The nitrogen cycle

Bacteria are responsible for several steps in the nitrogen cycle, including converting atmospheric nitrogen into a form accessible to other organisms (ammonia) and denitrification (returning gaseous nitrogen to the atmosphere and water).

The burning of fossil fuels, forest fires, lightning, and volcanic activity also produce some nitrogen oxides and nitrous acids that are released into the soil and water. Nitrogen in diving.

The nitrogen cycle consists of four fundamental steps:

Assimilation: absorption of nitrogen by living organisms,
Decomposition: conversion to ammonium by bacteria processing animal urine,
Nitrification: conversion of ammonium to nitrates,
Denitrification: conversion of nitrates into nitrogen gas.


Most organisms (but not all) need oxygen to breathe. Respiration is the process of oxidizing carbohydrates, releasing energyused for vital functions. Oxygen is a very active element (it combines easily with other substances), which is essential for this reaction. Even autotrophs, which produce oxygen during photosynthesis, use this gas during respiration.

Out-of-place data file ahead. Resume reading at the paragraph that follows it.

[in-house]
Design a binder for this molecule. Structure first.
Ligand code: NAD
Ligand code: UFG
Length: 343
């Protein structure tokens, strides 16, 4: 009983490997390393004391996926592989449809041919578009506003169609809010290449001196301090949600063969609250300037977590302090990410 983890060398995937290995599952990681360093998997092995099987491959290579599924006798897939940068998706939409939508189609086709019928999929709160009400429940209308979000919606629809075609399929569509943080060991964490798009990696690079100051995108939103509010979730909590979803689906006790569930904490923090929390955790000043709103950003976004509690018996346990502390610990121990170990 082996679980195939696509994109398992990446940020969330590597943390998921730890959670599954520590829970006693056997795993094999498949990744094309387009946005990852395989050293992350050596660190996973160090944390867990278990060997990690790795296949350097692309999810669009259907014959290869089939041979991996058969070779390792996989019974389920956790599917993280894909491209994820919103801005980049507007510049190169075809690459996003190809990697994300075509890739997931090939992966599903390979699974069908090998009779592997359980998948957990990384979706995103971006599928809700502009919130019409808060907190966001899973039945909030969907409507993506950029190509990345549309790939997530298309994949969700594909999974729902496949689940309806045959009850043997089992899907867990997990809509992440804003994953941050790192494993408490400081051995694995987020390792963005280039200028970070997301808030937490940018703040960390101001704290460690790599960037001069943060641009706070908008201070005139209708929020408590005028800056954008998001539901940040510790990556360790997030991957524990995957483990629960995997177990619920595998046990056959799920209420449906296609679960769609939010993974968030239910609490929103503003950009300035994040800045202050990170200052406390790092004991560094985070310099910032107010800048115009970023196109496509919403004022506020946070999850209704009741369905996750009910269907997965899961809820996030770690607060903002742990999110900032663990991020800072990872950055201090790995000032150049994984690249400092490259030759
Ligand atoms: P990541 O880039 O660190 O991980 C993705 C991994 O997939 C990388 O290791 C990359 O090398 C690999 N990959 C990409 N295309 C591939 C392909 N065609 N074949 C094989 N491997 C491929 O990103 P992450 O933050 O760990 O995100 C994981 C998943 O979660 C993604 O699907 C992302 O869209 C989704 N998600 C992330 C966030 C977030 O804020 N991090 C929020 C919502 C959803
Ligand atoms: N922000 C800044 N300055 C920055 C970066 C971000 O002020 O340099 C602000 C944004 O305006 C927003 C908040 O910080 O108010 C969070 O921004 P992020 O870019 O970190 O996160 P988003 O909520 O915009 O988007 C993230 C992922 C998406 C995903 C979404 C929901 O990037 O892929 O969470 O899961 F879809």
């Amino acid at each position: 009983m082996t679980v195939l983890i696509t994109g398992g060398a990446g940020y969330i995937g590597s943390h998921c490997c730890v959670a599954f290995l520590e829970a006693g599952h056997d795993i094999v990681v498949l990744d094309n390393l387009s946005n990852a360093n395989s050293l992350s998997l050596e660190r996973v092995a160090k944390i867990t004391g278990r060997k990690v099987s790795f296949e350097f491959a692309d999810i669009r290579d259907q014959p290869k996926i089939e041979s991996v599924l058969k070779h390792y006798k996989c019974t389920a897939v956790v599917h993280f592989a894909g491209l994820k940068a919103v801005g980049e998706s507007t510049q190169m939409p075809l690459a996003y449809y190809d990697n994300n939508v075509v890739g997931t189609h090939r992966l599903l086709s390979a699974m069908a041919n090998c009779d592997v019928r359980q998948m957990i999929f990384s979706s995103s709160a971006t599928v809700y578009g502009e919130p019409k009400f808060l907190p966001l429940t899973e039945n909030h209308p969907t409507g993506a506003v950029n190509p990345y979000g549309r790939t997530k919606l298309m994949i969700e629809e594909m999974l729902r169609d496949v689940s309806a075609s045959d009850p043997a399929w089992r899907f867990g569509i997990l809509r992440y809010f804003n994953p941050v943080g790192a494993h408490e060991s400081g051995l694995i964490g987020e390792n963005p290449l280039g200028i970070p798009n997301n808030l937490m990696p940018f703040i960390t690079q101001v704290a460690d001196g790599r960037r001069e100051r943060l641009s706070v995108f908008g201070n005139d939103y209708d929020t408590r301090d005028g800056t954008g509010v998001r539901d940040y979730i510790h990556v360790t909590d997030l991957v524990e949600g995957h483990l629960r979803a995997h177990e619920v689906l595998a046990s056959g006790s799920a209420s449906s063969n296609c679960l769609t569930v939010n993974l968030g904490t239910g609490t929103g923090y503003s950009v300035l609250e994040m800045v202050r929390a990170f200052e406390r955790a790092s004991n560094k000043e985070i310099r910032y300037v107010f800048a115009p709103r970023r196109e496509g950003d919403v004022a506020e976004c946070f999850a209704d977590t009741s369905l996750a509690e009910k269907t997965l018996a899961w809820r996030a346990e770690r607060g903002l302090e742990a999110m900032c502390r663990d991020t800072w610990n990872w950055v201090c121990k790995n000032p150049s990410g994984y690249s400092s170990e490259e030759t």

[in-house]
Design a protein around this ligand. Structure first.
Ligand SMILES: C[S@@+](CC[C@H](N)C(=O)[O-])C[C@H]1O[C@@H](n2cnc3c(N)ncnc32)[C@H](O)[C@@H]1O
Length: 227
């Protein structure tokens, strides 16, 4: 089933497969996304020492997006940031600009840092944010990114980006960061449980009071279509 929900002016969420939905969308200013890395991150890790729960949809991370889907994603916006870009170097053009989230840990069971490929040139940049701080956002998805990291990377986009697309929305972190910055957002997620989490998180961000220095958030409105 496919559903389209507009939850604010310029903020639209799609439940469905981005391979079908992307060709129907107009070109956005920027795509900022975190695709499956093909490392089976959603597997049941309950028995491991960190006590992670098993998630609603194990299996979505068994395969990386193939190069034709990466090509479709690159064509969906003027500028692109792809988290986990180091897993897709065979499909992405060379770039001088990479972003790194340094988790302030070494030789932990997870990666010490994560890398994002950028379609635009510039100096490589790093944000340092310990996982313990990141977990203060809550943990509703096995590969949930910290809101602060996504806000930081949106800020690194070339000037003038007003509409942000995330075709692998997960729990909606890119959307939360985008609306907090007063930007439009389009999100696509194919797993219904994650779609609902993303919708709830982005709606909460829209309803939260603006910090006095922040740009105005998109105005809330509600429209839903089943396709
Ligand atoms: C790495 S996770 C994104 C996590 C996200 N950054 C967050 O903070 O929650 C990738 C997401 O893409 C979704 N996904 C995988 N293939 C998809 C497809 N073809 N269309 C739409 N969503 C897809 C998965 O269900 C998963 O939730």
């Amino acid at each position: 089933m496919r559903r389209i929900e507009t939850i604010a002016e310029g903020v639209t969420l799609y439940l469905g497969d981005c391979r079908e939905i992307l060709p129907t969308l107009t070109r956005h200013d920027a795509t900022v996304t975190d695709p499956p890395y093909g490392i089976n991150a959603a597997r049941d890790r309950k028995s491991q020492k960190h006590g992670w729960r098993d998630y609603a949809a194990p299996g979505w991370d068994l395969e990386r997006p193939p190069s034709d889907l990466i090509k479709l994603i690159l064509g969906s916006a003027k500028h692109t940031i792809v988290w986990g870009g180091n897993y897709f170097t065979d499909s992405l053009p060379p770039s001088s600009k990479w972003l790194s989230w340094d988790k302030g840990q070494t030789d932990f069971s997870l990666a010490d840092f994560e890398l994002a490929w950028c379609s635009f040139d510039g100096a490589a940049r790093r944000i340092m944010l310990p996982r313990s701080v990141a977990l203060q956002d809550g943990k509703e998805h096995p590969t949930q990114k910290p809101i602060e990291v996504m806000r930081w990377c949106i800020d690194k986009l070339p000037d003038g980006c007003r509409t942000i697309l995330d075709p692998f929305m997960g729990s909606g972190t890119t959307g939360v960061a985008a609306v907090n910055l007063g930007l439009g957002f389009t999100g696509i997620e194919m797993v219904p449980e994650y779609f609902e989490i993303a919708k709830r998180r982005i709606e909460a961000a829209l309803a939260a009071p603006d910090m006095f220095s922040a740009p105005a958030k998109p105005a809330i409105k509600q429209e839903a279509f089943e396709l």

Most of the oxygen dissolved in water is a byproduct of photosynthesis. A small amount of oxygen also enters water from the atmosphere. As a result, the surface layers of the world’s oceans are rich in oxygen while the depths are usually poor, indicating the key role of plants in the distribution of oxygen. It is important to know this for safe diving.

At greater depths, there is not enough light for photosynthesis, so there is less oxygen and fewer living organisms.

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